Computational tools applied to biology are revolutionizing the study of what happens inside cells during aninfection, helping scientists to understand disease mechanisms and contributing to the identification of potential therapeutic targets. An example is a study describing how Brazilian researchers analyzed blood cells from patients infected with chikungunya virus. With the aid of techniques such as complex network analysis,artificial intelligenceandmachine learning, the group identified gene signatures associated with the disease—sets of genes whose expression is altered by interaction with thevirus. They then investigated the role played in cells by the involved genes and determined the importance of these genes to efforts to combat the virus.
Conducted in Brazil, the research was led by principal investigator Helder Nakaya, a professor at the University of São Paulo’s School of Pharmaceutical Sciences (FCF-USP). Researchers at the same university’s Biomedical Science Institute (ICB-USP) and its Ribeirão Preto Medical School (FMRP-USP), as well as colleagues at Butantan Institute and the Public Health Central Laboratory of Sergipe, among others, also contributed. “We also identified a set of genes that show during the acute phase whether the patient is likely to develop chronic arthralgia [joint pain and inflammation], a relatively common condition in people infected with chikungunya. However, this finding has yet to be confirmed by future research based on a larger number of samples,” Nakaya said.
The researchers describe the results of analyses using blood samples from 39 subjects born in Sergipe, a state in Northeast Brazil, and infected during the 2016 epidemic. These results were compared with data for a control group comprising 20 uninfected subjects from the same region.
The first step was an analysis of the samples’ transcriptomes, comprising all molecules of messenger RNA (which encodes proteins) as well as noncoding RNAs (which do not produce proteins but perform a regulatory role in the genome) expressed in red blood cells, white blood cells and platelets. By quantifying the transcript levels in the samples, the researchers were able to measure the activity levels of 20,000 genes and determine whether their expression increased or decreased during infection; these findings were also compared with results for the control group. “We focused on protein-coding genes [which express messenger RNA] because their role is easier to interpret. It’s relatively easy to know whether they encode cell receptors or transcription factors, for example. In this way, we were able to enhance our understanding of the pathogenesis of chikungunya—how the virus affects cells and which defense systems are activated in response to infection,” Nakaya said.
Their analysis revealed the mechanism by which immune cells trigger inflammatory processes to eliminate the virus. The proteins responsible for this immune response are collectively known as the inflammasome, a multiprotein intracellular complex that can be formed by different proteins and result in the production of different proinflammatory molecules. The researchers found that the mediating factor in chikungunya virus infection is the enzyme caspase-1.
The finding was validated in experiments with mice performed in partnership with Dario Zamboni, full professor at FMRP-USP. Both Nakaya and Zamboni are affiliated with the Center for Research on Inflammatory Diseases (CRID), one of the Research, Innovation and Dissemination Centers (RIDCs) funded by São Paulo Research Foundation—FAPESP. They found that chikungunya virus infection in genetically altered caspase-1 knockout mice did not lead to the release of a proinflammatory molecule called interleukin-1 beta (IL-1ß), whereas it did in wild-type (non-GM) mice.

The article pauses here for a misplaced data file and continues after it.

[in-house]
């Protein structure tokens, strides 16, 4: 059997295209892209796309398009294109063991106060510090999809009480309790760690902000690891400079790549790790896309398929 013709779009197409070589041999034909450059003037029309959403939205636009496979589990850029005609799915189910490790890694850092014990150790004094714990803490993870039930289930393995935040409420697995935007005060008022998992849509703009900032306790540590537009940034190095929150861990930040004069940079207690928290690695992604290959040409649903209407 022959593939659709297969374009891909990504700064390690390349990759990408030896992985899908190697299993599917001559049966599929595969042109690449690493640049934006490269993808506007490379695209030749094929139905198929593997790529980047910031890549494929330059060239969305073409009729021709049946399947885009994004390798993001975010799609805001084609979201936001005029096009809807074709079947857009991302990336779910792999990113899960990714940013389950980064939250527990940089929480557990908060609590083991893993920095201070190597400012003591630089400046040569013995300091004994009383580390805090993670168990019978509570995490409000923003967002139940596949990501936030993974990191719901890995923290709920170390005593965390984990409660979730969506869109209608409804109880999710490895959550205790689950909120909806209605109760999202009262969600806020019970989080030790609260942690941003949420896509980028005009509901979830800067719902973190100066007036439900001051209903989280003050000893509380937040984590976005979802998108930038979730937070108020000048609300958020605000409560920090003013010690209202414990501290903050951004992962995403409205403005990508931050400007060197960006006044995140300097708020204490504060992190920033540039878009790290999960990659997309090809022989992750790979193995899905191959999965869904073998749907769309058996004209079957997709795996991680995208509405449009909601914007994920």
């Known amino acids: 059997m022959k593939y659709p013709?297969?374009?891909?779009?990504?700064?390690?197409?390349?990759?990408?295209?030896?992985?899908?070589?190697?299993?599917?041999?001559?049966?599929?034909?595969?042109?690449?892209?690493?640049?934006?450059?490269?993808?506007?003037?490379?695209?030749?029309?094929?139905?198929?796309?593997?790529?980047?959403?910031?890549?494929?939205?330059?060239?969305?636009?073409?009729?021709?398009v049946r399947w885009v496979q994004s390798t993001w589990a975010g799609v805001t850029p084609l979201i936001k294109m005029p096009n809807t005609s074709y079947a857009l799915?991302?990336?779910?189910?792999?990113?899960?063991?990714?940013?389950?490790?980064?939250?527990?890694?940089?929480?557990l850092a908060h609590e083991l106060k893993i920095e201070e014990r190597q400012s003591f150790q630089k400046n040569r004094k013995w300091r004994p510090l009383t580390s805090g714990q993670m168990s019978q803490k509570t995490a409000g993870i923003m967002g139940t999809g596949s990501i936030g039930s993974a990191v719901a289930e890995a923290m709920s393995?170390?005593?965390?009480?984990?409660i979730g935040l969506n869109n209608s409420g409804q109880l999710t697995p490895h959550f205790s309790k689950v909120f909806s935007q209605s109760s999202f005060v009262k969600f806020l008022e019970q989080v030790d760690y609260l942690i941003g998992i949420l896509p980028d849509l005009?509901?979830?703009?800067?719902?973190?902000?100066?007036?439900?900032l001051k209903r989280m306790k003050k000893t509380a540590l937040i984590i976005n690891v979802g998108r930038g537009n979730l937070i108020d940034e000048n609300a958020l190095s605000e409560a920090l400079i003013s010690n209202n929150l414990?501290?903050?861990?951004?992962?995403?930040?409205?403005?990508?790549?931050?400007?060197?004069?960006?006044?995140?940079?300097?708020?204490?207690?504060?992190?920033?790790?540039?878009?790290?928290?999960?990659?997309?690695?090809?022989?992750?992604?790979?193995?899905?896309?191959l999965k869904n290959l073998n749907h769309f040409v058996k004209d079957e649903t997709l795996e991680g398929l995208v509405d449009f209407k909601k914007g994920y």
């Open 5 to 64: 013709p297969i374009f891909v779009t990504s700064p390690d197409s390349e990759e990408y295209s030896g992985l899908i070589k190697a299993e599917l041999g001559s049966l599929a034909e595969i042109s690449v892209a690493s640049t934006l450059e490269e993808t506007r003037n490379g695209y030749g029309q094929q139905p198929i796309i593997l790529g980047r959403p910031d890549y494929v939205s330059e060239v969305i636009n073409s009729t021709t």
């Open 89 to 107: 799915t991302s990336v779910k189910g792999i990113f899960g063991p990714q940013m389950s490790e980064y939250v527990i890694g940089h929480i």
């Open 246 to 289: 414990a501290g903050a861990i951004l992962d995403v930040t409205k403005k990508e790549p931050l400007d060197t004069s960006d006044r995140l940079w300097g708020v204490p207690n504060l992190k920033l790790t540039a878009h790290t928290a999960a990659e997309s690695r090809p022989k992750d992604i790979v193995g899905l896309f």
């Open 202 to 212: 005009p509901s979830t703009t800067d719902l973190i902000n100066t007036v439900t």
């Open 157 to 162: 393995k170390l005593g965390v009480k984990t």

Having identified the gene signatures of chikungunya virus infection, which involve thousands of genes whose expression is altered by the disease, the group compared the results with those obtained using samples from patients infected with dengue virus. “We noticed that the gene signatures of both diseases were similar to a considerable extent but that some genes were specific to chikungunya. These can be explored further in drug development research,” Nakaya said.
In another analysis, the researchers compared the gene expression profile of patients infected with chikungunya virus with the profile of patients suffering from rheumatoid arthritis, an autoimmune disease characterized by chronic joint inflammation. “In this case, our aim was to discover the difference between arthritis caused by the virus and autoimmune arthritis. We wanted to identify any genes that were specific to the viral infection,” Nakaya explained.
The researchers then performed gene coexpression analysis using CEMiTool, a software package developed by Nakaya with FAPESP’s support. The aim of this analysis was to understand how the genes interact with each other within the complex network that exists in every cell, forming signaling pathways and metabolic pathways. “We were able to identify eight main coexpression modules [genes with similar response profiles]. We also identified the network hubs—the genes with the most connections and, hence, the most promising targets to explore for drug development purposes,” Nakaya said.
The data used in the study, both the raw data and analysis results, are available in a public repository and can be downloaded by anyone free of charge, he stressed, as can the code for the software package mentioned earlier, so that others can reproduce the results. “Our research enabled us to produce a list of potential therapeutic targets, and we’re now cross-referencing these findings with a database of active compounds. This cross-referencing is being done computationally but on the basis of experimental data compiled from published studies that have pointed to drugs capable of interfering with these genes of interest,” Nakaya said.